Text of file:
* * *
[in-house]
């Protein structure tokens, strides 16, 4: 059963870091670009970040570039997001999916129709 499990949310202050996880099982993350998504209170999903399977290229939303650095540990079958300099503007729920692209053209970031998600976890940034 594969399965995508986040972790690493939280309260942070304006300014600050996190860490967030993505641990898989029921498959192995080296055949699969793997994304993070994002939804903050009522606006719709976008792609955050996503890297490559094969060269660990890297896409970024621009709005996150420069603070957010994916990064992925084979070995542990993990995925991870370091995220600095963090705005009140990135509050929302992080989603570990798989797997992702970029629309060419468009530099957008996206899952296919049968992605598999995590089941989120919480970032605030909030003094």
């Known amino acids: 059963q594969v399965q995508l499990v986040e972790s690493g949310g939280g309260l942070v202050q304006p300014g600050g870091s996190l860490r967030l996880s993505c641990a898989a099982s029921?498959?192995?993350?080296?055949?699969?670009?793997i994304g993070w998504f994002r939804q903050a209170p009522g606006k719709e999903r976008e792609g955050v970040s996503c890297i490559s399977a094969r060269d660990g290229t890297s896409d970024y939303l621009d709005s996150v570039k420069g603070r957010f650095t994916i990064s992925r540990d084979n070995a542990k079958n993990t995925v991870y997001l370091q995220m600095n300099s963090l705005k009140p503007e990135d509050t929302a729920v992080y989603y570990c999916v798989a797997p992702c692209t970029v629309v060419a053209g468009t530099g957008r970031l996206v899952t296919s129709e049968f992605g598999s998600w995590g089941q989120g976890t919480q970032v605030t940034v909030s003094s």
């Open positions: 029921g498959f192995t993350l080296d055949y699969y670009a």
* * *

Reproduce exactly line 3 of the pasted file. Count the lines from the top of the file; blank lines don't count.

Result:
């Known amino acids: 059963q594969v399965q995508l499990v986040e972790s690493g949310g939280g309260l942070v202050q304006p300014g600050g870091s996190l860490r967030l996880s993505c641990a898989a099982s029921?498959?192995?993350?080296?055949?699969?670009?793997i994304g993070w998504f994002r939804q903050a209170p009522g606006k719709e999903r976008e792609g955050v970040s996503c890297i490559s399977a094969r060269d660990g290229t890297s896409d970024y939303l621009d709005s996150v570039k420069g603070r957010f650095t994916i990064s992925r540990d084979n070995a542990k079958n993990t995925v991870y997001l370091q995220m600095n300099s963090l705005k009140p503007e990135d509050t929302a729920v992080y989603y570990c999916v798989a797997p992702c692209t970029v629309v060419a053209g468009t530099g957008r970031l996206v899952t296919s129709e049968f992605g598999s998600w995590g089941q989120g976890t919480q970032v605030t940034v909030s003094s």